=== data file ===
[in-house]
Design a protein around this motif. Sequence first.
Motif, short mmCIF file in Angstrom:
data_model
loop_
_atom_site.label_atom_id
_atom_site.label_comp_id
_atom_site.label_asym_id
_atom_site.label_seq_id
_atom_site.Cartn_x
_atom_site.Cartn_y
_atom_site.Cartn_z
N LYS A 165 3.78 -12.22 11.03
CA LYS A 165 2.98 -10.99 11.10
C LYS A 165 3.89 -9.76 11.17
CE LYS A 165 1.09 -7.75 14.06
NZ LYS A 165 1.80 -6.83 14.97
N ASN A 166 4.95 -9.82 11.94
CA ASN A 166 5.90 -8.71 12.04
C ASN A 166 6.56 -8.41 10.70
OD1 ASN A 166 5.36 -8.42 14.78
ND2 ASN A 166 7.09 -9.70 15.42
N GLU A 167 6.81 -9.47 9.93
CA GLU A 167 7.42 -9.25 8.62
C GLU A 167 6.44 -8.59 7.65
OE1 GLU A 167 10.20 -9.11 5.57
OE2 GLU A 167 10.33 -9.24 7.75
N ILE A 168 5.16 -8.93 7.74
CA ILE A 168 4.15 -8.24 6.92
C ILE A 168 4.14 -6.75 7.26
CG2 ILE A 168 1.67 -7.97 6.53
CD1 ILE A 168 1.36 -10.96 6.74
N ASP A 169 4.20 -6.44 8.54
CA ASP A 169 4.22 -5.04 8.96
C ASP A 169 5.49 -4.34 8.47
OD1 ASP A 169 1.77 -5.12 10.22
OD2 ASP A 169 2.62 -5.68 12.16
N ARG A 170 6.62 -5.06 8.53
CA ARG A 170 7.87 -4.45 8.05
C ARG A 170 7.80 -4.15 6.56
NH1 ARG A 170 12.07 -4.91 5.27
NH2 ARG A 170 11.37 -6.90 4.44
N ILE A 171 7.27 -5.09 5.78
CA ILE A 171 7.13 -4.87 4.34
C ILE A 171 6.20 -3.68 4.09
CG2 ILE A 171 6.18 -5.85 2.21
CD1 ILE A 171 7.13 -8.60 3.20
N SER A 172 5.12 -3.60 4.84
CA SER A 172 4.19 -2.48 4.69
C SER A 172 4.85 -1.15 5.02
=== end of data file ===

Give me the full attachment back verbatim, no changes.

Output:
[in-house]
Design a protein around this motif. Sequence first.
Motif, short mmCIF file in Angstrom:
data_model
loop_
_atom_site.label_atom_id
_atom_site.label_comp_id
_atom_site.label_asym_id
_atom_site.label_seq_id
_atom_site.Cartn_x
_atom_site.Cartn_y
_atom_site.Cartn_z
N LYS A 165 3.78 -12.22 11.03
CA LYS A 165 2.98 -10.99 11.10
C LYS A 165 3.89 -9.76 11.17
CE LYS A 165 1.09 -7.75 14.06
NZ LYS A 165 1.80 -6.83 14.97
N ASN A 166 4.95 -9.82 11.94
CA ASN A 166 5.90 -8.71 12.04
C ASN A 166 6.56 -8.41 10.70
OD1 ASN A 166 5.36 -8.42 14.78
ND2 ASN A 166 7.09 -9.70 15.42
N GLU A 167 6.81 -9.47 9.93
CA GLU A 167 7.42 -9.25 8.62
C GLU A 167 6.44 -8.59 7.65
OE1 GLU A 167 10.20 -9.11 5.57
OE2 GLU A 167 10.33 -9.24 7.75
N ILE A 168 5.16 -8.93 7.74
CA ILE A 168 4.15 -8.24 6.92
C ILE A 168 4.14 -6.75 7.26
CG2 ILE A 168 1.67 -7.97 6.53
CD1 ILE A 168 1.36 -10.96 6.74
N ASP A 169 4.20 -6.44 8.54
CA ASP A 169 4.22 -5.04 8.96
C ASP A 169 5.49 -4.34 8.47
OD1 ASP A 169 1.77 -5.12 10.22
OD2 ASP A 169 2.62 -5.68 12.16
N ARG A 170 6.62 -5.06 8.53
CA ARG A 170 7.87 -4.45 8.05
C ARG A 170 7.80 -4.15 6.56
NH1 ARG A 170 12.07 -4.91 5.27
NH2 ARG A 170 11.37 -6.90 4.44
N ILE A 171 7.27 -5.09 5.78
CA ILE A 171 7.13 -4.87 4.34
C ILE A 171 6.20 -3.68 4.09
CG2 ILE A 171 6.18 -5.85 2.21
CD1 ILE A 171 7.13 -8.60 3.20
N SER A 172 5.12 -3.60 4.84
CA SER A 172 4.19 -2.48 4.69
C SER A 172 4.85 -1.15 5.02